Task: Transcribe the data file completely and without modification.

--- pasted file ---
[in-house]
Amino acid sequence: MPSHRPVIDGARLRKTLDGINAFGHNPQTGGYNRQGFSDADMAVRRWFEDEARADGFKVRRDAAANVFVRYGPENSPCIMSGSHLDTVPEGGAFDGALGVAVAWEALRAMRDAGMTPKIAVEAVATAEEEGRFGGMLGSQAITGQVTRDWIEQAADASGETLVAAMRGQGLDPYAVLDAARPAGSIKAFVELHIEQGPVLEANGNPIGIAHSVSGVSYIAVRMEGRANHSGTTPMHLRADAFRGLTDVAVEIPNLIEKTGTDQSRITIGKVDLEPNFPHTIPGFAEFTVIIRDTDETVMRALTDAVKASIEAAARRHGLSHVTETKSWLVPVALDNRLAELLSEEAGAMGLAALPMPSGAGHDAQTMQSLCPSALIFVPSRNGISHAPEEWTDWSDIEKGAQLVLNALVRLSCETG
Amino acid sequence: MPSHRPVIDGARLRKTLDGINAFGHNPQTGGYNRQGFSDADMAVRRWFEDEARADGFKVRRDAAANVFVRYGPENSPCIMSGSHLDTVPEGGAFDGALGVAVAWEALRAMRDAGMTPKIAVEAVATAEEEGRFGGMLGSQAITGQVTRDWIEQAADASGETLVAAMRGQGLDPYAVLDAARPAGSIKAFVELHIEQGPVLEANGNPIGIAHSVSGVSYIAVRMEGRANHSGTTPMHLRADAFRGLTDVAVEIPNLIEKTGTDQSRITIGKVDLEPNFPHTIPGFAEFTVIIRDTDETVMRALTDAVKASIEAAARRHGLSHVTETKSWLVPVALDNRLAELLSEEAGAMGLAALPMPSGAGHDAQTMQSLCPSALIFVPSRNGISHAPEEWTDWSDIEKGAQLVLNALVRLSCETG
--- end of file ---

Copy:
[in-house]
Amino acid sequence: MPSHRPVIDGARLRKTLDGINAFGHNPQTGGYNRQGFSDADMAVRRWFEDEARADGFKVRRDAAANVFVRYGPENSPCIMSGSHLDTVPEGGAFDGALGVAVAWEALRAMRDAGMTPKIAVEAVATAEEEGRFGGMLGSQAITGQVTRDWIEQAADASGETLVAAMRGQGLDPYAVLDAARPAGSIKAFVELHIEQGPVLEANGNPIGIAHSVSGVSYIAVRMEGRANHSGTTPMHLRADAFRGLTDVAVEIPNLIEKTGTDQSRITIGKVDLEPNFPHTIPGFAEFTVIIRDTDETVMRALTDAVKASIEAAARRHGLSHVTETKSWLVPVALDNRLAELLSEEAGAMGLAALPMPSGAGHDAQTMQSLCPSALIFVPSRNGISHAPEEWTDWSDIEKGAQLVLNALVRLSCETG
Amino acid sequence: MPSHRPVIDGARLRKTLDGINAFGHNPQTGGYNRQGFSDADMAVRRWFEDEARADGFKVRRDAAANVFVRYGPENSPCIMSGSHLDTVPEGGAFDGALGVAVAWEALRAMRDAGMTPKIAVEAVATAEEEGRFGGMLGSQAITGQVTRDWIEQAADASGETLVAAMRGQGLDPYAVLDAARPAGSIKAFVELHIEQGPVLEANGNPIGIAHSVSGVSYIAVRMEGRANHSGTTPMHLRADAFRGLTDVAVEIPNLIEKTGTDQSRITIGKVDLEPNFPHTIPGFAEFTVIIRDTDETVMRALTDAVKASIEAAARRHGLSHVTETKSWLVPVALDNRLAELLSEEAGAMGLAALPMPSGAGHDAQTMQSLCPSALIFVPSRNGISHAPEEWTDWSDIEKGAQLVLNALVRLSCETG